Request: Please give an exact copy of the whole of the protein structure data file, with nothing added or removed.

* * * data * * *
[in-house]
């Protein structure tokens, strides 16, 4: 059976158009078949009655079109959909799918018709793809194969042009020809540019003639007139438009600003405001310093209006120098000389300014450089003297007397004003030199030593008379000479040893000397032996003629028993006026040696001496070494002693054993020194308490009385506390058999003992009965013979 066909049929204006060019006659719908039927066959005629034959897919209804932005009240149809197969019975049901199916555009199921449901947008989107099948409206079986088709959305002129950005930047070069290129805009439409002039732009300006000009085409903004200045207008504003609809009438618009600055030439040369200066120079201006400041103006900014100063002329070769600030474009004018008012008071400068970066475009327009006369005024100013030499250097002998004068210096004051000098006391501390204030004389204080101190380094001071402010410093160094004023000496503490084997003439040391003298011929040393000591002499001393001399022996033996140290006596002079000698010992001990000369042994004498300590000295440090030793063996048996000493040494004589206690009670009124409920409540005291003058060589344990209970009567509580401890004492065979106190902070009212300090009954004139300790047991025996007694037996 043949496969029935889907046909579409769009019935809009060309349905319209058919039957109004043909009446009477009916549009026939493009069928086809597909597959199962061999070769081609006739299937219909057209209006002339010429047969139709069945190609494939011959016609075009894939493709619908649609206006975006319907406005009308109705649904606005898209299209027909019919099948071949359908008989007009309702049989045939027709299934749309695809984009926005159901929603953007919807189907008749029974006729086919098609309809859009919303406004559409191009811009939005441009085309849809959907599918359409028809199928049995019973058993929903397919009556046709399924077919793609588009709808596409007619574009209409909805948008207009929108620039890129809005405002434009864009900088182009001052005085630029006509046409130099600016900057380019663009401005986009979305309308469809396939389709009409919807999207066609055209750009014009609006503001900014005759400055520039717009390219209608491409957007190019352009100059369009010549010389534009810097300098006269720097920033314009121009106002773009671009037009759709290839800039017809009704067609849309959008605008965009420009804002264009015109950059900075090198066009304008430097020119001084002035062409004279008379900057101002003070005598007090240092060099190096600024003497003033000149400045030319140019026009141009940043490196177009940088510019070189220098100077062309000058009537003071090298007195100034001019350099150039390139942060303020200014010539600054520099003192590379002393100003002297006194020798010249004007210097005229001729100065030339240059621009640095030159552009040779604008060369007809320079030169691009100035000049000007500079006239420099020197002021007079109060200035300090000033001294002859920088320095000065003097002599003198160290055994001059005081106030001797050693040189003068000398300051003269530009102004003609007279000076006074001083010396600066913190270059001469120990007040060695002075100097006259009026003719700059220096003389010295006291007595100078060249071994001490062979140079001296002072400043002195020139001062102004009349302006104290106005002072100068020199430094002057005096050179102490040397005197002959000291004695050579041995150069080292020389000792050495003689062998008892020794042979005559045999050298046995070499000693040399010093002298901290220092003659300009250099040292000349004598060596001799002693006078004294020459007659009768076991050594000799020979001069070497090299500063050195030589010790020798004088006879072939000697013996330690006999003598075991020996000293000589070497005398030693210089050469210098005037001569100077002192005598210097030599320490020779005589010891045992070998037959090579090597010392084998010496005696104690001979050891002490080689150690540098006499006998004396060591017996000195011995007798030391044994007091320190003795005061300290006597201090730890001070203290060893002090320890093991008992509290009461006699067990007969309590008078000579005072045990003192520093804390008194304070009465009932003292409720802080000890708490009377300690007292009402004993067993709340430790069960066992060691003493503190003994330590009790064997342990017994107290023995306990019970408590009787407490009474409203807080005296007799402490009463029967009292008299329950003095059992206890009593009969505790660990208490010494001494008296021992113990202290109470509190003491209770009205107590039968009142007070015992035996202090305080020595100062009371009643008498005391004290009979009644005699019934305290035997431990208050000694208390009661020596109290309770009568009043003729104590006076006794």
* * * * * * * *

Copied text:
[in-house]
């Protein structure tokens, strides 16, 4: 059976158009078949009655079109959909799918018709793809194969042009020809540019003639007139438009600003405001310093209006120098000389300014450089003297007397004003030199030593008379000479040893000397032996003629028993006026040696001496070494002693054993020194308490009385506390058999003992009965013979 066909049929204006060019006659719908039927066959005629034959897919209804932005009240149809197969019975049901199916555009199921449901947008989107099948409206079986088709959305002129950005930047070069290129805009439409002039732009300006000009085409903004200045207008504003609809009438618009600055030439040369200066120079201006400041103006900014100063002329070769600030474009004018008012008071400068970066475009327009006369005024100013030499250097002998004068210096004051000098006391501390204030004389204080101190380094001071402010410093160094004023000496503490084997003439040391003298011929040393000591002499001393001399022996033996140290006596002079000698010992001990000369042994004498300590000295440090030793063996048996000493040494004589206690009670009124409920409540005291003058060589344990209970009567509580401890004492065979106190902070009212300090009954004139300790047991025996007694037996 043949496969029935889907046909579409769009019935809009060309349905319209058919039957109004043909009446009477009916549009026939493009069928086809597909597959199962061999070769081609006739299937219909057209209006002339010429047969139709069945190609494939011959016609075009894939493709619908649609206006975006319907406005009308109705649904606005898209299209027909019919099948071949359908008989007009309702049989045939027709299934749309695809984009926005159901929603953007919807189907008749029974006729086919098609309809859009919303406004559409191009811009939005441009085309849809959907599918359409028809199928049995019973058993929903397919009556046709399924077919793609588009709808596409007619574009209409909805948008207009929108620039890129809005405002434009864009900088182009001052005085630029006509046409130099600016900057380019663009401005986009979305309308469809396939389709009409919807999207066609055209750009014009609006503001900014005759400055520039717009390219209608491409957007190019352009100059369009010549010389534009810097300098006269720097920033314009121009106002773009671009037009759709290839800039017809009704067609849309959008605008965009420009804002264009015109950059900075090198066009304008430097020119001084002035062409004279008379900057101002003070005598007090240092060099190096600024003497003033000149400045030319140019026009141009940043490196177009940088510019070189220098100077062309000058009537003071090298007195100034001019350099150039390139942060303020200014010539600054520099003192590379002393100003002297006194020798010249004007210097005229001729100065030339240059621009640095030159552009040779604008060369007809320079030169691009100035000049000007500079006239420099020197002021007079109060200035300090000033001294002859920088320095000065003097002599003198160290055994001059005081106030001797050693040189003068000398300051003269530009102004003609007279000076006074001083010396600066913190270059001469120990007040060695002075100097006259009026003719700059220096003389010295006291007595100078060249071994001490062979140079001296002072400043002195020139001062102004009349302006104290106005002072100068020199430094002057005096050179102490040397005197002959000291004695050579041995150069080292020389000792050495003689062998008892020794042979005559045999050298046995070499000693040399010093002298901290220092003659300009250099040292000349004598060596001799002693006078004294020459007659009768076991050594000799020979001069070497090299500063050195030589010790020798004088006879072939000697013996330690006999003598075991020996000293000589070497005398030693210089050469210098005037001569100077002192005598210097030599320490020779005589010891045992070998037959090579090597010392084998010496005696104690001979050891002490080689150690540098006499006998004396060591017996000195011995007798030391044994007091320190003795005061300290006597201090730890001070203290060893002090320890093991008992509290009461006699067990007969309590008078000579005072045990003192520093804390008194304070009465009932003292409720802080000890708490009377300690007292009402004993067993709340430790069960066992060691003493503190003994330590009790064997342990017994107290023995306990019970408590009787407490009474409203807080005296007799402490009463029967009292008299329950003095059992206890009593009969505790660990208490010494001494008296021992113990202290109470509190003491209770009205107590039968009142007070015992035996202090305080020595100062009371009643008498005391004290009979009644005699019934305290035997431990208050000694208390009661020596109290309770009568009043003729104590006076006794």